The economy has been battered and bruised over the past few years, and IT hasn’t escaped the downturn. All of us know someone that has been impacted by layoffs, outsourcing, and other economically-driven hardships. My colleague Michele Crockett gives some excellent tips and advice on how IT pros can navigate this challenging employment climate in her column, "More Bumps in the IT Job Recovery Road," this month.
From a management perspective, surviving economic hardship isn’t only about retaining the best employees. There are several IT products and services that can radically impact your bottom line, from virtualization and cloud computing to IT training and other programs and initiatives. Here’s a short list of some products and technologies that, when implemented correctly, can save money, improve ROI, and make your IT department more agile, flexible, and responsive to business needs.
Just about every IT department has virtualized a few servers and achieved cost savings by reducing power consumption and the physical footprint of underutilized hardware. But server virtualization is only part of the story; desktop virtualization, application virtualization, and storage virtualization all have the potential to make IT more agile and efficient than server virtualization alone. I interviewed VMware CEO Paul Maritz a while ago (InstantDoc ID 102507), and he spoke of the potential virtualization had to make IT much more fluid, reactive, and efficient than it is today.
“\\[Virtualization has to become\\] this layer of software that truly hides all the complexity in the resource layers, whether those be hardware or software resources, and frees the application of having to know too much or being dependent upon anything else,” Maritz said. “\\[To\\] really get this vision of the internal cloud to come about, anything that is tied to a physical device today has to be freed from that device. So whether it be a firewall, a router, a data scanning engine, or whatever—all those things that today are physical boxes have to transform into things that can essentially be attached to these applications and move around with the applications.”
An ambitious virtualization strategy can reap impressive rewards in terms of utility, efficiency, and cost savings, but experts warn that virtualization can open the door to expensive problems if not deployed with the right strategy and planning. “Virtualization now drives efficient IT from all angles, including data center design, platform updates, and application and infrastructure modernization, as well as traditional and new delivery models, such as infrastructure utility and cloud computing,” says Philip Dawson, research vice president at Gartner. “However, virtualization does take investment; the savings are not a given.”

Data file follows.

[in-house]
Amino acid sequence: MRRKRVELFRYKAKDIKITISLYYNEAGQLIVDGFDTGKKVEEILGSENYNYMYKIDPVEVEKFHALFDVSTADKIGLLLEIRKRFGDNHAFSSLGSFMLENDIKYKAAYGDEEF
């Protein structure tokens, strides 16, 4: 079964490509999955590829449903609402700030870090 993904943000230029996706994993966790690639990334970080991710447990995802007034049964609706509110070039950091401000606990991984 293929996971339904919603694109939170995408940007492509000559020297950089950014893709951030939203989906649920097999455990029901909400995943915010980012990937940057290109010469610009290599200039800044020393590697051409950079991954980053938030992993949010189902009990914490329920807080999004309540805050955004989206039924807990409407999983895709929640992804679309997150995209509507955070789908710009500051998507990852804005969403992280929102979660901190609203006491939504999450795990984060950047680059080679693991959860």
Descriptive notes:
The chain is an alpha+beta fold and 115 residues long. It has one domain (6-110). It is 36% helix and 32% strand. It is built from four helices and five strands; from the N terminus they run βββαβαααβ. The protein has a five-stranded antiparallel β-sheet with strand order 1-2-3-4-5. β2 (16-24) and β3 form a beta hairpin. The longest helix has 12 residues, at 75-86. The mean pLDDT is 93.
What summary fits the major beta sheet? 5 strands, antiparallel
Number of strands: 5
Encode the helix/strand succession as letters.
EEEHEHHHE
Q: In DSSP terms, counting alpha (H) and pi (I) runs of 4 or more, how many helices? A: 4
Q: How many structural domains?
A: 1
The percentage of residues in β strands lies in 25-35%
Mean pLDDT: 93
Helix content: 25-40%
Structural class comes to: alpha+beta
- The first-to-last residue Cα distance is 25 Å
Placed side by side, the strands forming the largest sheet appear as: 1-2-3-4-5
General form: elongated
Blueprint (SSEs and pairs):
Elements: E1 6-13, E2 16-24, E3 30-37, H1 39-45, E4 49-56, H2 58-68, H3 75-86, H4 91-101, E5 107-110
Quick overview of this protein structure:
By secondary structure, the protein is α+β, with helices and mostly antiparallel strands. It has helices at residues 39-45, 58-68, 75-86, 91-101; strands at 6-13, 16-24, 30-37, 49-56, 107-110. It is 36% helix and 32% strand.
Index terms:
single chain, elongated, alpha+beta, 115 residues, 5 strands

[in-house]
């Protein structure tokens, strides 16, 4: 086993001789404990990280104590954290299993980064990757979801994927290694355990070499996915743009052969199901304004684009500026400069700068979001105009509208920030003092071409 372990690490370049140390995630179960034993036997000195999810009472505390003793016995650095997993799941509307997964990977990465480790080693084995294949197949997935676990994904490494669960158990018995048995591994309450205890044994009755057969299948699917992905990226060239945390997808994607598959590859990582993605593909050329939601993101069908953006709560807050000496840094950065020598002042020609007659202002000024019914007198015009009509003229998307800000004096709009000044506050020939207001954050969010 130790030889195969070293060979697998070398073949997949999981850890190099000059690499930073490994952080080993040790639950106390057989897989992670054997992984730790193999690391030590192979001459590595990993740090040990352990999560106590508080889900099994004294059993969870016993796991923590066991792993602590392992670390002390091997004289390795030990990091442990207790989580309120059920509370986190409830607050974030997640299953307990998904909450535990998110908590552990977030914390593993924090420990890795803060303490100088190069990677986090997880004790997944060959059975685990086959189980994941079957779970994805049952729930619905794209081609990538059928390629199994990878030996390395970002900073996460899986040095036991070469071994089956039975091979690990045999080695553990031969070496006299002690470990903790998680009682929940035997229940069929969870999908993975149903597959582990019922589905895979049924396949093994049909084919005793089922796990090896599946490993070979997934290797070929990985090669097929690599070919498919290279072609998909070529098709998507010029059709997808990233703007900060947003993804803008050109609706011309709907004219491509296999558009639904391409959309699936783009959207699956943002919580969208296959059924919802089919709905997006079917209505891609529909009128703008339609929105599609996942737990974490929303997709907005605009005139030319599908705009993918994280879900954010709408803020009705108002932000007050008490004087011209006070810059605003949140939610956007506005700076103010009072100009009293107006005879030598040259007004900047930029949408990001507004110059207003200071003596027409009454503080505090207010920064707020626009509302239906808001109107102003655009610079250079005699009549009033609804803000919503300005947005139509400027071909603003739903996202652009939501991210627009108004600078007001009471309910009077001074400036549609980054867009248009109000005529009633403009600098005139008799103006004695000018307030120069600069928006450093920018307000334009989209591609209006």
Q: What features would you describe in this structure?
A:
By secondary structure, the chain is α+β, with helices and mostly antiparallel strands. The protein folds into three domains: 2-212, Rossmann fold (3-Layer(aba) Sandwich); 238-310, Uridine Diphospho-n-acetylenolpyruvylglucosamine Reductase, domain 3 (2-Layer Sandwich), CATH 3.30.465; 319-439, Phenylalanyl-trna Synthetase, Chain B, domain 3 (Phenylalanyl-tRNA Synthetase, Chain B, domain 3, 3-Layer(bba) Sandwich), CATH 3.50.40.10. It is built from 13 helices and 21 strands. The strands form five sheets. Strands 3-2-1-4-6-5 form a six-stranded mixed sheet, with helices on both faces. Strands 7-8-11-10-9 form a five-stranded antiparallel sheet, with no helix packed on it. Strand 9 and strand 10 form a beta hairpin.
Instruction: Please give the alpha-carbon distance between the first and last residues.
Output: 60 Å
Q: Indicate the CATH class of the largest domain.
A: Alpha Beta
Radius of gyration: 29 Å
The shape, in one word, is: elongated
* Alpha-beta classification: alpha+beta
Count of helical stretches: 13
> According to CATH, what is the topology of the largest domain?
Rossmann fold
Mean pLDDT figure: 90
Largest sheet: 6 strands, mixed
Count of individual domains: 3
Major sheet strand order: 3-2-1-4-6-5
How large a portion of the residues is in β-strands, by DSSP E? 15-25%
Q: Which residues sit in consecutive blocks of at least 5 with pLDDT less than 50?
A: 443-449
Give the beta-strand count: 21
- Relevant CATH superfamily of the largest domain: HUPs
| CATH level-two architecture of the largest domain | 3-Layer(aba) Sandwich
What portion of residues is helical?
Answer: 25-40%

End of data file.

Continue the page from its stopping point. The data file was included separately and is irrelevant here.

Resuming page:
One of the most hyped and over-used buzzwords in the IT industry is cloud computing. Our own Paul Thurrott sees cloud computing as an “ill-defined and rarely understood technology” (InstantDoc ID 126888), and many IT departments are still apprehensive about considering the technology for security, compliance, and other reasons.
But the cloud is proving to be a valuable cost-saving tool for many organizations, including the likes of the Oregon Department of Education. In 2010 the Oregon Department of Education switched many of their computing needs into the cloud by switching to Google Apps for Education. All public schools in Oregon now have access to cloud-based email, website development, video conferencing, calendaring, and shareable online documents. In a statement announcing their move to the cloud, the Oregon Department of Education estimated that “statewide cost savings for school districts utilizing Google Apps for Education is approximately $1.5 million a year for email. School districts could also realize cost savings in reduced hardware and software upgrades.” (http://www.ode.state.or.us/news/announcements/announcement.aspx?=5724)
Moving services to the cloud may not work in many cases, but organizations that can do so can see some substantial cost savings. This can be especially true for complex and expensive to maintain in-house applications, which can be prime candidates for moving to the cloud. In a previous installment of Business Technology Perspectives I used the example of Penton Media’s legacy in-house email newsletter tool (InstantDoc ID 129285) which was replaced by a cloud-based solution from an external vendor. Every organization is different, but I’m sure most IT departments have at least one or two headache applications they’d love to replace with a more efficient, less costly cloud equivalent.
Perhaps the greatest investment any IT manager or business decision maker can make is to invest in training the IT staff they already have. Identifying what applications and services can be virtualized or outsourced to the cloud takes a unique combination of technical skill and business savvy, two traits that are always in demand by IT departments.
Do you have any advice for IT departments looking to adopt the latest and most cost-effective IT solutions? Have you already embraced virtualization and cloud computing in a big way in your own organization? Send your tips, advice, and suggestions to me via email at firstname.lastname@example.org, and/or follow me on Twitter @jeffjames3.